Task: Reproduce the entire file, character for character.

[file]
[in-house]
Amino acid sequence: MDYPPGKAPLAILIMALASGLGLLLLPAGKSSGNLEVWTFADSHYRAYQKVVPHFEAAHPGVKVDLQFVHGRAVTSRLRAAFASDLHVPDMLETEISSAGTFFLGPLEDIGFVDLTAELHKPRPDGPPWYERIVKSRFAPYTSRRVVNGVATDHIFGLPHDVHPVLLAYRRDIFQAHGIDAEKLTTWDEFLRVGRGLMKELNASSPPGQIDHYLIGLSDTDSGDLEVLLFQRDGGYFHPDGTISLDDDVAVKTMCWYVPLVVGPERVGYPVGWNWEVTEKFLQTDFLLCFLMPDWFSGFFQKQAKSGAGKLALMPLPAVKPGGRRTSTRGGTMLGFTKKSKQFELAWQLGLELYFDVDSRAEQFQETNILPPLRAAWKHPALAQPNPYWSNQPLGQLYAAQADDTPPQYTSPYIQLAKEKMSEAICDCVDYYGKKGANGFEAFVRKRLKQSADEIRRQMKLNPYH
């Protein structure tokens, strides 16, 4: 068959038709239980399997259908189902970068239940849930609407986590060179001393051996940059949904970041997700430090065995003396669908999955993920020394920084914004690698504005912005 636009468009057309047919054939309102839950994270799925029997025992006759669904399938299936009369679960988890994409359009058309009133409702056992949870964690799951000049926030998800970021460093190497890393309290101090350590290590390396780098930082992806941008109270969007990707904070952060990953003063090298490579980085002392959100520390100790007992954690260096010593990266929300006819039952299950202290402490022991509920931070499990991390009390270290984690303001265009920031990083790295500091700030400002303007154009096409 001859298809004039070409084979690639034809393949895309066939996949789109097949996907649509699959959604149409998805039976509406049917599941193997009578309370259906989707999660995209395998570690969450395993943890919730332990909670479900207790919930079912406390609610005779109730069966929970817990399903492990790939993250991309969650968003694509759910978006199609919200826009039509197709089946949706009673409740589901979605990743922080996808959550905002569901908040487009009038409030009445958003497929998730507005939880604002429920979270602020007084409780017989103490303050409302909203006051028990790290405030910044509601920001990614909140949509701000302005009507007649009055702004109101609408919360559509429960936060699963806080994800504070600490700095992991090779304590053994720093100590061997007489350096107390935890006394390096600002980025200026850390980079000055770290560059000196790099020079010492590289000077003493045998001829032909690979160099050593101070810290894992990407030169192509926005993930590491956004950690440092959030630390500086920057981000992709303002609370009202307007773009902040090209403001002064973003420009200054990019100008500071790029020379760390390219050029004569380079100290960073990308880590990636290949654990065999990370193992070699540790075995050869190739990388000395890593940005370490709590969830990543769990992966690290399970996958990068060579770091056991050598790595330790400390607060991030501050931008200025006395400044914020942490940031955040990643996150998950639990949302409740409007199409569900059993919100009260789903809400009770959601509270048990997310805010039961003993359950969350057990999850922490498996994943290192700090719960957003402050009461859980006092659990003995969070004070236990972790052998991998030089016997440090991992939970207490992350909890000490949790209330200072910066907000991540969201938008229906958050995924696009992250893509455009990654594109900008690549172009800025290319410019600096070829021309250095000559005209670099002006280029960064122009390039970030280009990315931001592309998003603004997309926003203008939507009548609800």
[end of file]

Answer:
[in-house]
Amino acid sequence: MDYPPGKAPLAILIMALASGLGLLLLPAGKSSGNLEVWTFADSHYRAYQKVVPHFEAAHPGVKVDLQFVHGRAVTSRLRAAFASDLHVPDMLETEISSAGTFFLGPLEDIGFVDLTAELHKPRPDGPPWYERIVKSRFAPYTSRRVVNGVATDHIFGLPHDVHPVLLAYRRDIFQAHGIDAEKLTTWDEFLRVGRGLMKELNASSPPGQIDHYLIGLSDTDSGDLEVLLFQRDGGYFHPDGTISLDDDVAVKTMCWYVPLVVGPERVGYPVGWNWEVTEKFLQTDFLLCFLMPDWFSGFFQKQAKSGAGKLALMPLPAVKPGGRRTSTRGGTMLGFTKKSKQFELAWQLGLELYFDVDSRAEQFQETNILPPLRAAWKHPALAQPNPYWSNQPLGQLYAAQADDTPPQYTSPYIQLAKEKMSEAICDCVDYYGKKGANGFEAFVRKRLKQSADEIRRQMKLNPYH
């Protein structure tokens, strides 16, 4: 068959038709239980399997259908189902970068239940849930609407986590060179001393051996940059949904970041997700430090065995003396669908999955993920020394920084914004690698504005912005 636009468009057309047919054939309102839950994270799925029997025992006759669904399938299936009369679960988890994409359009058309009133409702056992949870964690799951000049926030998800970021460093190497890393309290101090350590290590390396780098930082992806941008109270969007990707904070952060990953003063090298490579980085002392959100520390100790007992954690260096010593990266929300006819039952299950202290402490022991509920931070499990991390009390270290984690303001265009920031990083790295500091700030400002303007154009096409 001859298809004039070409084979690639034809393949895309066939996949789109097949996907649509699959959604149409998805039976509406049917599941193997009578309370259906989707999660995209395998570690969450395993943890919730332990909670479900207790919930079912406390609610005779109730069966929970817990399903492990790939993250991309969650968003694509759910978006199609919200826009039509197709089946949706009673409740589901979605990743922080996808959550905002569901908040487009009038409030009445958003497929998730507005939880604002429920979270602020007084409780017989103490303050409302909203006051028990790290405030910044509601920001990614909140949509701000302005009507007649009055702004109101609408919360559509429960936060699963806080994800504070600490700095992991090779304590053994720093100590061997007489350096107390935890006394390096600002980025200026850390980079000055770290560059000196790099020079010492590289000077003493045998001829032909690979160099050593101070810290894992990407030169192509926005993930590491956004950690440092959030630390500086920057981000992709303002609370009202307007773009902040090209403001002064973003420009200054990019100008500071790029020379760390390219050029004569380079100290960073990308880590990636290949654990065999990370193992070699540790075995050869190739990388000395890593940005370490709590969830990543769990992966690290399970996958990068060579770091056991050598790595330790400390607060991030501050931008200025006395400044914020942490940031955040990643996150998950639990949302409740409007199409569900059993919100009260789903809400009770959601509270048990997310805010039961003993359950969350057990999850922490498996994943290192700090719960957003402050009461859980006092659990003995969070004070236990972790052998991998030089016997440090991992939970207490992350909890000490949790209330200072910066907000991540969201938008229906958050995924696009992250893509455009990654594109900008690549172009800025290319410019600096070829021309250095000559005209670099002006280029960064122009390039970030280009990315931001592309998003603004997309926003203008939507009548609800």